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Russia Successfully Launches Maiden Flight of Soyuz 2-1v

By Doug Messier
Parabolic Arc
December 28, 2013
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Russian Soyuz-1 booster. Credit: Pavel Kolotilov

Russian Soyuz-1 booster. Credit: Pavel Kolotilov

A Russian Soyuz 2-1v lifted off from the Plesetsk Cosmodrome on Saturday, successfully orbiting a satellite and two calibration spheres in the first launch of the new booster.

The “light” launch vehicle, which is designed to lift small payloads, is a significantly modified version of the venerable Soyuz launch vehicle that has been a mainstay of Soviet and Russian space programs since 1966.It maintains a similar outward appearance, but it is very different on the inside.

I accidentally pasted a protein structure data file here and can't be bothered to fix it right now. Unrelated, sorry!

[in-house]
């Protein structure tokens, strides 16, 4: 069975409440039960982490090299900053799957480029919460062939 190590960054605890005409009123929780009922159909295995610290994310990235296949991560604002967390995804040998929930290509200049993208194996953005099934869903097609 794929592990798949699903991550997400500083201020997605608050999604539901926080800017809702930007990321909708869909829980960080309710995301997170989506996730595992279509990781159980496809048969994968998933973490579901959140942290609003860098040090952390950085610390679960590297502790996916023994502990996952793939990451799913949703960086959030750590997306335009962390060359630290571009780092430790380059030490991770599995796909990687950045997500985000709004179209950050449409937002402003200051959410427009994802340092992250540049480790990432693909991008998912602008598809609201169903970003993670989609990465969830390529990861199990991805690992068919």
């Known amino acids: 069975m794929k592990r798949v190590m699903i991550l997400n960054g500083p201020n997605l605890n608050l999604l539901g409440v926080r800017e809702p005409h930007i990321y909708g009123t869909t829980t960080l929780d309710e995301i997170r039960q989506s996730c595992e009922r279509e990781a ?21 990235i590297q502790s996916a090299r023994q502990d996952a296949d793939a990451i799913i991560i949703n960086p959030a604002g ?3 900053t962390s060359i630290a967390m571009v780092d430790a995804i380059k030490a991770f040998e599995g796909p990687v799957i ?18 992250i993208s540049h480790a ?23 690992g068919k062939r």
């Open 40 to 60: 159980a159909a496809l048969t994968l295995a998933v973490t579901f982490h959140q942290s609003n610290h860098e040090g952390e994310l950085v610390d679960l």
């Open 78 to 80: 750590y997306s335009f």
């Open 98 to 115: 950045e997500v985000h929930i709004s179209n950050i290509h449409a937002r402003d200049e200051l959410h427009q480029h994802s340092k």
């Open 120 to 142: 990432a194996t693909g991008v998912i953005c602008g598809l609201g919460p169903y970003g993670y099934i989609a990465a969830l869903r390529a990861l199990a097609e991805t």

Modifications include the use of a NK-33 engine in the first stage, the elimination of four first-stage booster rockets, and the use of a Volga upper stage. The NK-33 engines are left over from the Soviet program to land men on the moon, which was canceled in the early 1970’s.

For its maiden launch, the Soyuz 2-1v orbited two SKRL-756 calibration satellites and the AIST-1 micro-satellite.

The new launch vehicle is capable of orbiting payloads weighing between 2,800 to 2,850 kg to low Earth orbit depending whether it is launched from the Plesetsk or Baikonur cosmodromes. Plans call for launching the booster from the new Vostochny spaceport now being constructed in the Russian Far East.

The Soyuz 2-1v was the 80th orbital launch of 2013 worldwide. There are no additional launches planned for the rest of the year.